• As a result, the water bird's oil distribution helps create a water-resistant barrier which absorbs very little water. 
  • The chicken's poor oil distribution means their feathers are not water-resistant, but are more likely to become relatively quickly waterlogged.

So both the network of barbs in the waterfowl's feathering, plus their ability to spread larger amounts of lipids among their feathers, make an efficient water-resistant barrier which the chicken simply does not have.

What if a chicken falls into a pool by accident?

  • Chickens can die very quickly of hypothermia. If you find a chicken who's soaking wet, dry the excess water from her feathers with a towel and use a hairdryer on a warm (not hot) setting until she's completely dry.
  • Prevention is always better than cure. If you have a swimming pool, pond or even a child's paddling pool, make as sure as you can that they're kept separate from your chickens.
  • If your chickens free range and may be able to access water, make sure you remain with them in order to be able to rescue them should they fall in.
  • For garden ponds, use stones, bricks or wooden planks to make sure that, if your chickens do fall in by accident, they're able to find a way out as quickly as possible.
A garden pond with shallow edges to allow animals and birds to exit easily.This garden pond uses stones and shallow edges to help animals and birds get out easily.

How to cool down chickens in very hot weather.

If you're concerned about your chickens becoming over-heated during very hot weather, there are simple, effective ways of cooling them down.

Not swimming, but take your chickens for a paddle.

If your chickens are showing signs of excessive heat stress, cooling them down in water can work. Here's how to do it in stages, safely.

  • Some chickens will use a shallow wading pool, such as a children's paddling pool. Make sure it's in shade, and fill it with no more than two inches of cool water.
  • If that doesn't work (my chickens refuse point blank to use a paddling pool) try providing a heavy container – this granite dish (which is an affiliate link) might. Again, fill it with cool water – they may use it to drink or to stand in.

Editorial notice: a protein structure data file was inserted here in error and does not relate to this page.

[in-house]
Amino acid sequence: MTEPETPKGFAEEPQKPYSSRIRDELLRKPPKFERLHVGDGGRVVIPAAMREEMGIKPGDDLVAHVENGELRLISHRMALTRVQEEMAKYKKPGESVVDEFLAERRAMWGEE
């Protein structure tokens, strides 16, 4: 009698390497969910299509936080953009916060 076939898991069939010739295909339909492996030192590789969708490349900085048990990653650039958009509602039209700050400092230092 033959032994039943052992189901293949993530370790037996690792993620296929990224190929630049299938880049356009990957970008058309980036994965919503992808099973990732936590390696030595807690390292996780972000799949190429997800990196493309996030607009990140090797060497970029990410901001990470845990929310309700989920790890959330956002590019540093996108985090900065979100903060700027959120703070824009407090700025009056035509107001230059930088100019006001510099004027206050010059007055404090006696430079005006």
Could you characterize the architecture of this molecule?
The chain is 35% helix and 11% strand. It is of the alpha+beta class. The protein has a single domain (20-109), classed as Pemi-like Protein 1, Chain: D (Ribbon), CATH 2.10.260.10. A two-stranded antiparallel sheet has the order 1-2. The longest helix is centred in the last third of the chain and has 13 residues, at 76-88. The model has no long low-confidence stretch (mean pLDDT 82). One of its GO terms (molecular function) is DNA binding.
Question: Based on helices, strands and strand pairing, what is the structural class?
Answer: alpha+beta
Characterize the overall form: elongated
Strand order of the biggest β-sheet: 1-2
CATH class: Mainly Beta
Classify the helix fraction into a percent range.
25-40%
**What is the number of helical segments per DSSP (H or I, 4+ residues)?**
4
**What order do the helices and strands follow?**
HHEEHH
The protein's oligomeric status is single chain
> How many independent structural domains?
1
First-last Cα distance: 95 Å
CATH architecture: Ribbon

• If even that doesn't work, use a hose pipe to trickle a stream of cold water across the run, allowing the flock to paddle in it to keep cool if they choose to. Be careful though – if it's standing water it may attract mosquitoes.
  • In extreme circumstances when your chickens are clearly suffering, half fill a bucket with cool water and stand your chickens in it, one at a time, up to the centre of their chest. 
  • Do not leave your chickens unattended near water, and don't leave them even partly immersed in it for longer than a few minutes.

More articles about keeping your chickens safe.

Thumbnail chicken care summer, T2.
How to spot heat stroke in chickens - link.
How to keep chickens cool - link to article.
Electrolytes and why chickens need them. Link to article.
Can chickens eat watermelon? Link to article.
How to do a comprehensive health check for your chickens - link.
How to get rid of flies in the chicken coop. Link.
How to go on vacation when you have chickens - link.
All about bird flu - link.


A lot of "facts" you'll find on the internet are often people's individual views, based on inaccurate information repeated from poor quality sources.

The information I provide in this article and others is based not just on my own experience, but on evidenced facts from scientific, peer-reviewed research and books from highly respected and experienced poultry keepers such as Gail Damerow.

Some of the trusted sources I have used in this article are these.

1. Jacob, Dr. J: The Avian Respiratory System. Pub. USDA National Institute of Food and Agriculture, 2022.

2. Thompson, Mya: Everything You Need to Know About Bird Feathers. Pub. University of Cornell, Bird Academy, 2014.

3. Zeisler-Diehl et al: Detection of endogenous lipids in chicken feathers distinct from preen gland constituents. Pub. Protoplasma, 2020.

Link to Raising Happy Chickens home page.